What’s on at the Tropic
by Phil Mann
Time for a rant. How do we overcome the “curse of the subtitle?” Last week the Tropic showed a great little Japanese movie, winner of the Best Foreign Film Oscar. Everybody who saw it loved it, but there weren’t very many of those. Of course it didn’t have big name stars (unless you think Masahiro Motoki is a big name) and it didn’t have a media-saturated TV promotion, but it did have those little words creeping across the bottom of the screen.
Now, I start with the assumption that people who come to the Tropic can read. And that they can walk and chew gum at the same time. We’re deeply into a world of multi-tasking, and CNN has a crawl that looks suspiciously like subtitles. Hell, the crawl isn’t even about the same thing as the screen visual. So what’s up with subtitle animus?
The reason I mention this is that one of this week’s new films, O’HORTEN, is a subtitled Norwegian movie. It has the unique distinction of a 100% Rotten Tomatoes rating. To paraphrase the old Sara Lee slogan, “Everybody doesn’t like something, but nobody doesn’t like O’Horten.” The dialogue doesn’t really matter all that much, because it’s a weirdly comic film, dependent mostly on visual humor. The lead character, the aptly named Odd Horten, has retired after a forty-year career driving trains. Unleashed from the schedule and routine that have defined his life, he wanders into a world of mini-adventures. It’s not broad humor, and it’s not fast-paced. It’s been compared to Buster Keaton or Jacques Tati, full of the slow, droll, deadpan scenes that quietly tickle your funny bone.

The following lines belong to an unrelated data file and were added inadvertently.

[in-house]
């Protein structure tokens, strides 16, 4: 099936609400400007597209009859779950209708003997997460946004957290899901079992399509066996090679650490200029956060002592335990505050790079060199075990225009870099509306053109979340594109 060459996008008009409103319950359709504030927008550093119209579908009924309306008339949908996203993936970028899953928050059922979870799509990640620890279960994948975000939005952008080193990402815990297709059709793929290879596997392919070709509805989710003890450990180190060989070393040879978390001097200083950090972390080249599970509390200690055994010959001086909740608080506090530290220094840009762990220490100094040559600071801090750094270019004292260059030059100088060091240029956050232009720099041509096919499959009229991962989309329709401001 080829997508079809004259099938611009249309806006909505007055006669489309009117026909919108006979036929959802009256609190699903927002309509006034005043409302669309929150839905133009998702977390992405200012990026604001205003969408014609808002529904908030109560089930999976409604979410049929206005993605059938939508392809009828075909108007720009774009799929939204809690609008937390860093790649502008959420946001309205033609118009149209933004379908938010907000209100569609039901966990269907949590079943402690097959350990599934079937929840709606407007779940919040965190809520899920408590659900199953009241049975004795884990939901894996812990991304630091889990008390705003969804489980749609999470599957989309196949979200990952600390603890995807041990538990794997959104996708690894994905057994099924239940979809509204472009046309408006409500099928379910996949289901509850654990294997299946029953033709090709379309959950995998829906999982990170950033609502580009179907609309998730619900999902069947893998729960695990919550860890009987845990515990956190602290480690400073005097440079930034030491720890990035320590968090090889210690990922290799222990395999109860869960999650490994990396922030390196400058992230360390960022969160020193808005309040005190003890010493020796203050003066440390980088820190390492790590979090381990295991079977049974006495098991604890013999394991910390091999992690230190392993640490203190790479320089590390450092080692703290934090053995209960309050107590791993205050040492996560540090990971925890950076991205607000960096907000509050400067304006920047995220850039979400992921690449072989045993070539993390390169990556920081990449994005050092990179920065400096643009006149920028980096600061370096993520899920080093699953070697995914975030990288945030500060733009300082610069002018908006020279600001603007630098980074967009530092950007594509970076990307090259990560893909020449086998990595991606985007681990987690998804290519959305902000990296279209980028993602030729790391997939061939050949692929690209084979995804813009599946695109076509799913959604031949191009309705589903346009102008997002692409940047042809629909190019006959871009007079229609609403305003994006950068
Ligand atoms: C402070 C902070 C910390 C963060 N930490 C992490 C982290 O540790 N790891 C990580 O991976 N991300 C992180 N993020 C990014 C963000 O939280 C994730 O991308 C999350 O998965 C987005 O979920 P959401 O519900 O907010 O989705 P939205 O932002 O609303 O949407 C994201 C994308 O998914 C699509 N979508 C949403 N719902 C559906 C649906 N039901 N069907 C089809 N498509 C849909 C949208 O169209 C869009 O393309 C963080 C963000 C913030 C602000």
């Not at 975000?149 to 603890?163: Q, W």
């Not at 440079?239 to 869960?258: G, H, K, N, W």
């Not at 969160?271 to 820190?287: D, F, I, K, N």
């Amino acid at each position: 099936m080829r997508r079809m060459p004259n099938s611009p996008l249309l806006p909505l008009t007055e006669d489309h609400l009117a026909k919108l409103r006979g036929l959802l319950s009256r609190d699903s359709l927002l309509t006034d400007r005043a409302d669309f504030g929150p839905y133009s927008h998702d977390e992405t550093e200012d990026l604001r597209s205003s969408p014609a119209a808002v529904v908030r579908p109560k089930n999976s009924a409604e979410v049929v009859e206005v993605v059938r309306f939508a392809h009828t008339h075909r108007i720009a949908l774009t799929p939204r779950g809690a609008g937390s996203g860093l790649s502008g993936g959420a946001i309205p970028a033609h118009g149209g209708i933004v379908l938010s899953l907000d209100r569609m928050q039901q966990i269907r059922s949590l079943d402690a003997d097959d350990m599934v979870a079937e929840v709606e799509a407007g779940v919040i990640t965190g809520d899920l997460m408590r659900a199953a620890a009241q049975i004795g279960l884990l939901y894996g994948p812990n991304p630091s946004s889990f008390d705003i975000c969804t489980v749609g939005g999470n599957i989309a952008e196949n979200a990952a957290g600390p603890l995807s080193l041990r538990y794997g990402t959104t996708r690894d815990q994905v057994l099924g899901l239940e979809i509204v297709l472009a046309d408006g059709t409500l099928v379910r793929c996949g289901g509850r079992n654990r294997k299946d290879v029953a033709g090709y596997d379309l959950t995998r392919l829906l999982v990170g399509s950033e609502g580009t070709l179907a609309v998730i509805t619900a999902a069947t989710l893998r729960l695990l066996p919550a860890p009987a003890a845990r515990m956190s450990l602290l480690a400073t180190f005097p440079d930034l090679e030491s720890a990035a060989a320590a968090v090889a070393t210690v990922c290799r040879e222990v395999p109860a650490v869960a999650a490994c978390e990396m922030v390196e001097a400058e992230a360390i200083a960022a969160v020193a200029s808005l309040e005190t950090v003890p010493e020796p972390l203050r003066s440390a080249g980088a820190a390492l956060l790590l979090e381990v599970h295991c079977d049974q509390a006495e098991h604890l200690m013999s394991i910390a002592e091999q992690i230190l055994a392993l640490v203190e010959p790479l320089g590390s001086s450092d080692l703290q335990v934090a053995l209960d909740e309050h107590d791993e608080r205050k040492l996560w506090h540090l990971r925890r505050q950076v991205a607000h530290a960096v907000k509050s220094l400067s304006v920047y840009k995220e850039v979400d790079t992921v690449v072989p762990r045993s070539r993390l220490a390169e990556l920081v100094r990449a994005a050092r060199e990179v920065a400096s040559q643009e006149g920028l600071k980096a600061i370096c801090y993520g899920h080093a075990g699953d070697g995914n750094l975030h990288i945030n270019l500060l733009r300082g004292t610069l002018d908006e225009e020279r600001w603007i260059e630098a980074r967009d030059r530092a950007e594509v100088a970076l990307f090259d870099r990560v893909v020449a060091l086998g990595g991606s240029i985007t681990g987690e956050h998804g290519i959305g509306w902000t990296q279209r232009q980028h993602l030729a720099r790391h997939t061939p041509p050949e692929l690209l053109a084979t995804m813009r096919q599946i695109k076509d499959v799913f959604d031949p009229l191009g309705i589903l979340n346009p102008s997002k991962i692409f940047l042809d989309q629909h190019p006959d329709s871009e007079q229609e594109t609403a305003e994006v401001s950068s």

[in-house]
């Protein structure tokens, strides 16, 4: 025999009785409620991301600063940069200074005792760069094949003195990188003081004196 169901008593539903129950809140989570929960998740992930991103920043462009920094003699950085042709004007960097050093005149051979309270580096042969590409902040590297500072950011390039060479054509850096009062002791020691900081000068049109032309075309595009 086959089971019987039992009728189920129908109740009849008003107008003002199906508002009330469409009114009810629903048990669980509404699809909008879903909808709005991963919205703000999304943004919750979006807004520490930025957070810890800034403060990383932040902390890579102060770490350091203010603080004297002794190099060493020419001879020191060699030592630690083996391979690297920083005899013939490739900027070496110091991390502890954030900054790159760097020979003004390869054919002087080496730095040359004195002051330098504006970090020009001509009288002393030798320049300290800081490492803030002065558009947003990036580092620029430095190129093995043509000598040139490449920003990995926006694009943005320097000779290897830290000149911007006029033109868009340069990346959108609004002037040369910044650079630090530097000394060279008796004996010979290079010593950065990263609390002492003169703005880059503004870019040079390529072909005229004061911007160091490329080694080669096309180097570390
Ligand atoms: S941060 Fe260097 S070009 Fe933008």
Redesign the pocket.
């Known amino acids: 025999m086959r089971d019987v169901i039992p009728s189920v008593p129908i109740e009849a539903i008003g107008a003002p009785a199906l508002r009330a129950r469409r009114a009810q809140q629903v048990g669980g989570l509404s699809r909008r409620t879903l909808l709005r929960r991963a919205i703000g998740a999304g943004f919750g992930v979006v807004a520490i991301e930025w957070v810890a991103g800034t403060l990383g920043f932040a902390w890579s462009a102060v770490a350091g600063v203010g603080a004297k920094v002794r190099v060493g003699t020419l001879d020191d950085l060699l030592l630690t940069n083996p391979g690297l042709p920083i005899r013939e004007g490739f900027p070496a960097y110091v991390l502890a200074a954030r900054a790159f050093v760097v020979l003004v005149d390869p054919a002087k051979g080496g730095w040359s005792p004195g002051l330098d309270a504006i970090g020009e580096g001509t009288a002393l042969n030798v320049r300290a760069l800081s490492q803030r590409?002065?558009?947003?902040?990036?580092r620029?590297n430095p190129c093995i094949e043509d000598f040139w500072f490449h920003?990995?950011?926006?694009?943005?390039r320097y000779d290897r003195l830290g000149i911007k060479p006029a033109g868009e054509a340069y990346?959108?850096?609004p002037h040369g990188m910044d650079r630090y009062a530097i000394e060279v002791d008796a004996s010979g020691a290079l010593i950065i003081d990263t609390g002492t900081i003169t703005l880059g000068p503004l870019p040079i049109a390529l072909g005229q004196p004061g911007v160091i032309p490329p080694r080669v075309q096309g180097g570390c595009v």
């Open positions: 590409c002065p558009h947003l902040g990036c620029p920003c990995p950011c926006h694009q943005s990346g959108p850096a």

If you’re game for some of that, give it a shot, and expand your multi-tasking capabilities.
Topping the Special Events calendar is the personal appearance of former Cagney and Lacey star Sharon Gless, here to present a pre-release premiere of her movie HANNAH FREE in connection with WomenFest. The movie will be shown at 6:30 and 9:00pm on Wednesday and Thursday only. Ms. Gless, along with the movie’s director Wendy Jo Carlton and WomenFest coordinator Karin Wolf, will be there for a Q & A after the early show on Wednesday. Carlton and Wolf, but not Ms. Gless, will do the same on Thursday.
Meanwhile, two popular new movies continue their runs: Nora Ephron’s JULIE AND JULIA starring Meryl Streep, and Ang Lee’s TAKING WOODSTOCK. They’re joined by a kid named HARRY POTTER, whose HALF-BLOOD PRINCE will be shown in daily matinees all week.
Streep’s portrayal of Julia Child is amazing. I’ve heard that Streep and Ephron (whose professional relationship dates back to the making of Silkwood in 1983) ran into each other in Central Park last year. When Streep heard that her friend was making a movie about the legendary cook and author, the actress immediately and spontaneously dropped into a dead-on Julia Child persona. You can be sure that the casting was never in doubt. JULIE AND JULIA is a sure bet for Best Actress nomination, if not more. Talent shows!
TAKING WOODSTOCK doesn’t have the same acting dynamite. It’s a surprisingly small film about a very big event. But I have to admit that I left the theater laughing and smiling. The warm glow of “three days of peace and love” is there. That’s what the movie is about: the feeling of Woodstock. We all need more of it.
Full info and schedules at TropicCinema.com
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[from Solares Hill]